Dear church family,
It’s been a distressing week seeing what’s unfolding in Afghanistan. The images that came out on Tuesday of thousands flooding the tarmac of the Kabul Airport show the desperation so many are feeling. These are heavy days for this nation.
With the Taliban now seizing control of much of the country, the future is uncertain and unsafe, especially for Christians. Mark Norris has written a very helpful article on How Afghan Pastors Reflect on God’s Sovereignty. In this article Mark mentions how pastors have received letters from the Taliban saying “We know who you are, what you do, and where to find you.”
At the heart of their distress (and ours for them), are profound questions about the goodness and sovereignty of God. How can God allow his people to suffer and be intimidated? Why would he even allow it? Wouldn’t he be more glorified if they were delivered and justice prevailed?
These are huge questions, and there are very good answers, but they are not neat and simple. Some of us may have wrestled with them before, but perhaps none of us to the degree that our brothers and sisters in Afghanistan are living with them today.
At the heart of God’s answer to the problem of evil is the cross. At the cross the suffering of the Lord Jesus revealed God’s ultimate goodness. How God used the suffering of His Son for good is profound, but it was his plan to save through His suffering. And just like our Saviour, all followers of the Lord Jesus, will suffer (2 Tim 3:12).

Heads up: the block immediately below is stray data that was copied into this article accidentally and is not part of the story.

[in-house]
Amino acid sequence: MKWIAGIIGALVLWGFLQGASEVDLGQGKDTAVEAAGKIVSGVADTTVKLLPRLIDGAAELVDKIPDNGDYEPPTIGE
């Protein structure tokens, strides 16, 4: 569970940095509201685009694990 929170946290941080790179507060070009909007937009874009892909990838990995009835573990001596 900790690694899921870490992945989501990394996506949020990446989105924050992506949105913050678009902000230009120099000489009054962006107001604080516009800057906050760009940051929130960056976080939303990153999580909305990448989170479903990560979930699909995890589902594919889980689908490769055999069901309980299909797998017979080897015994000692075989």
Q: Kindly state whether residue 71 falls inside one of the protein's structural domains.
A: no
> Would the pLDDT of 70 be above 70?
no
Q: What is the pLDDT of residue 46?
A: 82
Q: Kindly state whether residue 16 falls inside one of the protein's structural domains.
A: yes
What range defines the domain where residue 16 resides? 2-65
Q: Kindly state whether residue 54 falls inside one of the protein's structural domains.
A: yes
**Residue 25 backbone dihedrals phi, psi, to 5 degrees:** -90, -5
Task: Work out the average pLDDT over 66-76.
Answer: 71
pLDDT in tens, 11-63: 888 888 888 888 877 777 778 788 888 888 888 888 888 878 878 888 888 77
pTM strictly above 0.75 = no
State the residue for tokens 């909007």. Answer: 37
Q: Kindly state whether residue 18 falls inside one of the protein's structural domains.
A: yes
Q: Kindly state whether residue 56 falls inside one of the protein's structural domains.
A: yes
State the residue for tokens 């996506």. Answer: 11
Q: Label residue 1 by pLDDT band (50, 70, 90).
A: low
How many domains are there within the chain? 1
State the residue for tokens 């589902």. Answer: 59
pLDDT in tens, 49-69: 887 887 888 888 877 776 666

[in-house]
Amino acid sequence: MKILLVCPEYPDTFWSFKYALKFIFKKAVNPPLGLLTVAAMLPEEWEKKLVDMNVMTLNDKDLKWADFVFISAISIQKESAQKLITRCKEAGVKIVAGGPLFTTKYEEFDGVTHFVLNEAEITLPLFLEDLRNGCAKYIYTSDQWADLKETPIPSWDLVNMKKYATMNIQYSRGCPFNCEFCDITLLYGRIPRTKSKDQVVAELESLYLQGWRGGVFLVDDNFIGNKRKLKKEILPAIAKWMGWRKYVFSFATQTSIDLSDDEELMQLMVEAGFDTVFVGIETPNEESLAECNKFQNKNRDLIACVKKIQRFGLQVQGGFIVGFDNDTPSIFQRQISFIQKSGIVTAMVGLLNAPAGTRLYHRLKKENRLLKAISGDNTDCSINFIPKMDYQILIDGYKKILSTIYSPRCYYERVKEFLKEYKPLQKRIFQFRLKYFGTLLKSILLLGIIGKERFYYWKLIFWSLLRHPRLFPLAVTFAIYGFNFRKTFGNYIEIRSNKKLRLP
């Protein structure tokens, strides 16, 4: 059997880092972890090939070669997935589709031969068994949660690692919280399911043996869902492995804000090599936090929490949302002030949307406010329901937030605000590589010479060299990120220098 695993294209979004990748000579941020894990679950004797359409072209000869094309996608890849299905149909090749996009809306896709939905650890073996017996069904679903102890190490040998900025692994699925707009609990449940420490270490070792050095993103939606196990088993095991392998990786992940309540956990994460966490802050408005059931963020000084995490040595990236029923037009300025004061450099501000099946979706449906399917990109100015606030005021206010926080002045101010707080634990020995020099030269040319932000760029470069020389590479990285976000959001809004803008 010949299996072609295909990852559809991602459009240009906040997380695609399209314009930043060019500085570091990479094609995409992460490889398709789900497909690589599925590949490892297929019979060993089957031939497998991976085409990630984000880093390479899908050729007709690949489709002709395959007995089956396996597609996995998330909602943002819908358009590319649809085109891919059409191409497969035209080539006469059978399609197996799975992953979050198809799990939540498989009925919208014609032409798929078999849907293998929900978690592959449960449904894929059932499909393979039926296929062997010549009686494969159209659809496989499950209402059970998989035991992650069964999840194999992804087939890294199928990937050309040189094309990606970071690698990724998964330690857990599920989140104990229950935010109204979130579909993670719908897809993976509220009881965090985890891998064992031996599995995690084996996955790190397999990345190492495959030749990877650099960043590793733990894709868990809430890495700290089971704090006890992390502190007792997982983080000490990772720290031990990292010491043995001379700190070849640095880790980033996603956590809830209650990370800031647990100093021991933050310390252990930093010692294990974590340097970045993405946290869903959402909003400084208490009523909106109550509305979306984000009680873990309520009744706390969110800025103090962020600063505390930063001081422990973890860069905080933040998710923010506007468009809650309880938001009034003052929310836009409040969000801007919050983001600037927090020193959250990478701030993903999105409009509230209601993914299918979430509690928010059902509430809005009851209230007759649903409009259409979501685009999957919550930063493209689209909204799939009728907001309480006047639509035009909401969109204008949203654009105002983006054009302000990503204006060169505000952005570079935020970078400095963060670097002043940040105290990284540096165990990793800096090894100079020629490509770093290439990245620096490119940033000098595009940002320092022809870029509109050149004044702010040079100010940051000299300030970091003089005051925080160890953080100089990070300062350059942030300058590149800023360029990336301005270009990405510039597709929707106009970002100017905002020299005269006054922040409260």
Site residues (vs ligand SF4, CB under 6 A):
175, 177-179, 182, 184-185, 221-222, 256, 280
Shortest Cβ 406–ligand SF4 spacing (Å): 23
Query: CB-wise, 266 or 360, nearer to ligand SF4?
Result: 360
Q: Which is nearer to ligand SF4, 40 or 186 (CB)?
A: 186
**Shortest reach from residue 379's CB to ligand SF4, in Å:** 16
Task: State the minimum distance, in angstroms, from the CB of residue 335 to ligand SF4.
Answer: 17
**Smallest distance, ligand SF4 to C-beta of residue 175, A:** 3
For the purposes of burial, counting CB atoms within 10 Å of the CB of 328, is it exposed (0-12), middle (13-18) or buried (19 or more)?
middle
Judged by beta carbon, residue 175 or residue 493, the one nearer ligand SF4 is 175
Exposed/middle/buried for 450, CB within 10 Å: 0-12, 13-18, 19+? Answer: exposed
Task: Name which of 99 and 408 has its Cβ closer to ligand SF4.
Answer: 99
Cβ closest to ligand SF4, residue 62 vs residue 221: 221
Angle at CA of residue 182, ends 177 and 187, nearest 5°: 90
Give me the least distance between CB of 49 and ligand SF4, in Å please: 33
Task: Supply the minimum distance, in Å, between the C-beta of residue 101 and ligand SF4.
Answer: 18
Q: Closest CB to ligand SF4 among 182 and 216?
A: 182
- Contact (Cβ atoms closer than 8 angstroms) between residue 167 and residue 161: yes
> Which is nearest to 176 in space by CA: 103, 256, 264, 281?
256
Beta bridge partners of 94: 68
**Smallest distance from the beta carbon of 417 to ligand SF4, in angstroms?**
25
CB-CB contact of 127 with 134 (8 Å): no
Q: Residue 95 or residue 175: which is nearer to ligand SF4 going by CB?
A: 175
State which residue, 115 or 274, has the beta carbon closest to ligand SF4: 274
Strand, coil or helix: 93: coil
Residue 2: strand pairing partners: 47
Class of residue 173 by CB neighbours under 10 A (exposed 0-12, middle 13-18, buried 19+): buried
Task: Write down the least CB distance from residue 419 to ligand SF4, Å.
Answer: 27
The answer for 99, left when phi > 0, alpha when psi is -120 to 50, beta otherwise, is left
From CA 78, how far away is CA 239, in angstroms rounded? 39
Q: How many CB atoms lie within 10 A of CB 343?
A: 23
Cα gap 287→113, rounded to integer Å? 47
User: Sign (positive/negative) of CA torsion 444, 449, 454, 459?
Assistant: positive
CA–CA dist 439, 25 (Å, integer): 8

The apostle Paul got this, which is why he said to new Christians that it was through many tribulations we must enter the kingdom of God (Acts 14:22) and was even able to face his own sufferings with joy (Colossians 1:24-26).
One woman who also grew in her understanding of this was Dr. Helen Roseveare. She suffered much during her years as a missionary doctor in the Congo. As she processed one of the most horrific things someone can suffer for the name of Jesus, she sensed the Holy Spirit remind her: “These are not your sufferings. They’re Mine. All I ask of you is the loan of your body.”
So as we remember and mourn for our brothers and sisters in Afghanistan, let’s continue to pray for them and hold on to God’s goodness in the midst of such terrible suffering. Jesus still reigns despite the suffering that is being inflicted against his body (the church) and one day will bring an end to all evil (Psalm 2).
Together in Christ,
PS. Here is a helpful article on how to pray for them.